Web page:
Macy’s CEO Notes Consumers ‘Under A Lot of Pressure’

Macy’s Inc., seeing waning consumer demand, reported first-quarter top- and bottom-line declines and has revised its guidance for the year downward.

Net income for the quarter ended April 29 was $155 million, or $0.56 per diluted share, compared to $286 million, or $0.98 per share, in the year-ago period.

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Earnings before interest, taxes, depreciation and amortization came to $466 million versus $684 million in the year-ago quarter.

Net sales of $5 billion were down 7 percent compared to $5.35 billion in the first quarter of 2022. Comparable sales were down 7.2 percent.

“Definitely our consumer particularly on the Macy’s side is under a lot of pressure,” Macy’s chairman and chief executive officer Jeff Gennette told WWD. “They’re become quite choosey where they put their spend and they are buying closer to need.

Jeff Gennette
Jeff Gennette

“February and March were pretty solid, until mid-March when all three brands definitely saw a downshift and worsened in April,” Gennette said, referring to Macy’s, Bloomingdale’s and Bluemercury. Spring transition merchandise did not sell at the expected rate, Gennette added. “The weather is unpredictable. You’ve got to make sure you’ve got choices. We did not have enough offering in cooler weather product.”

Gennette told WWD that Macy’s Inc. will be taking more aggressive markdowns in the second quarter, adding, “We are deeply committed to going into the third quarter with the right number of units.”

In May, “Bloomingdale’s saw a nice bounce back in warmer categories. Macy’s got a little bounce.” But overall, the improvement in business was “not enough for us to have confidence there is a change in the consumer.”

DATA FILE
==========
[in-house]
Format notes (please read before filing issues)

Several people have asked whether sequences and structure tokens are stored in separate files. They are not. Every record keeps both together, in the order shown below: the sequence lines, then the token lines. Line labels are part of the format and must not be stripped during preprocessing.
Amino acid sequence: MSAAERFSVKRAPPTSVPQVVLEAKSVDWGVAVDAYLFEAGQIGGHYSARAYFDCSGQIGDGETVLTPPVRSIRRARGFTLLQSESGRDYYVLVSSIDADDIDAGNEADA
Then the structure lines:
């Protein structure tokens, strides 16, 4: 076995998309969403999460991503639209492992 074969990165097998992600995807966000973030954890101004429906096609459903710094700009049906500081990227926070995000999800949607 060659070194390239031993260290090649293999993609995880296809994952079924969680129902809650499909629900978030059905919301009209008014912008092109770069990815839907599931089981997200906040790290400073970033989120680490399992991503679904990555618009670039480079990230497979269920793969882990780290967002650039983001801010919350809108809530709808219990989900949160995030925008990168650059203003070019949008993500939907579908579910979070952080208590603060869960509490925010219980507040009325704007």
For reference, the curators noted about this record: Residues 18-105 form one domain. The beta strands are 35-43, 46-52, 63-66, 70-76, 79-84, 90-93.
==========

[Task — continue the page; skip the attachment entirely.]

On the positive side, Gennette said there have been “pockets of strength in fragrance, color, treatment, textiles, housewares and tabletop.” He also said the home business at Bloomingdale’s has been robust.

Bloomingdale's home department
Bloomingdale’s has a thriving home department.

For the back half of this year, Gennette was most positive about the beauty and gift categories, which will represent 41 percent of the company’s inventory then, compared to 36 percent a year ago. He’s also upbeat about fine jewelry, fashion jewelry, handbags, textiles and throws for the back half.

At Macy’s, there is much anticipation about two additions to the assortment later this year: Nike men’s and women’s apparel in October and a new private brand launching in August. Macy’s currently sells Nike footwear through its Finish Line partnership, as well as licensed Nike childrenswear, but hasn’t sold Nike women’s and men’s fashion for about a year and a half, since Nike decided to reduce its wholesale distribution.

Asked when Macy’s expects a turn in the business, Gennette replied that if current economic conditions persist, the strategies the company has in place will lead to both profit and topline growth next year.

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Tony Spring, currently president and CEO-elect of Macy’s Inc. and former Bloomingdale’s CEO, has been working in several areas including digital, merchandising, brands and marketing, and is still involved in running Bloomingdale’s, as the corporation searches for a new Bloomingdale’s CEO. “We are actively searching. We have a good [group] of prospective candidates. Tony is leading that search,” Gennette said.

Those Macy’s Inc. could consider or at least consult with include Joshua Schulman, former Coach president and Bergdorf Goodman president; Marc Mastronardi, chief stores officer at Macy’s; Denise Incandela, Walmart U.S. executive vice president of apparel and private brands; Calvin McDonald, CEO of Lululemon; Janet Hayes, CEO of Crate & Barrel, and Laura Alber, CEO of Williams-Sonoma Inc.

Tony Spring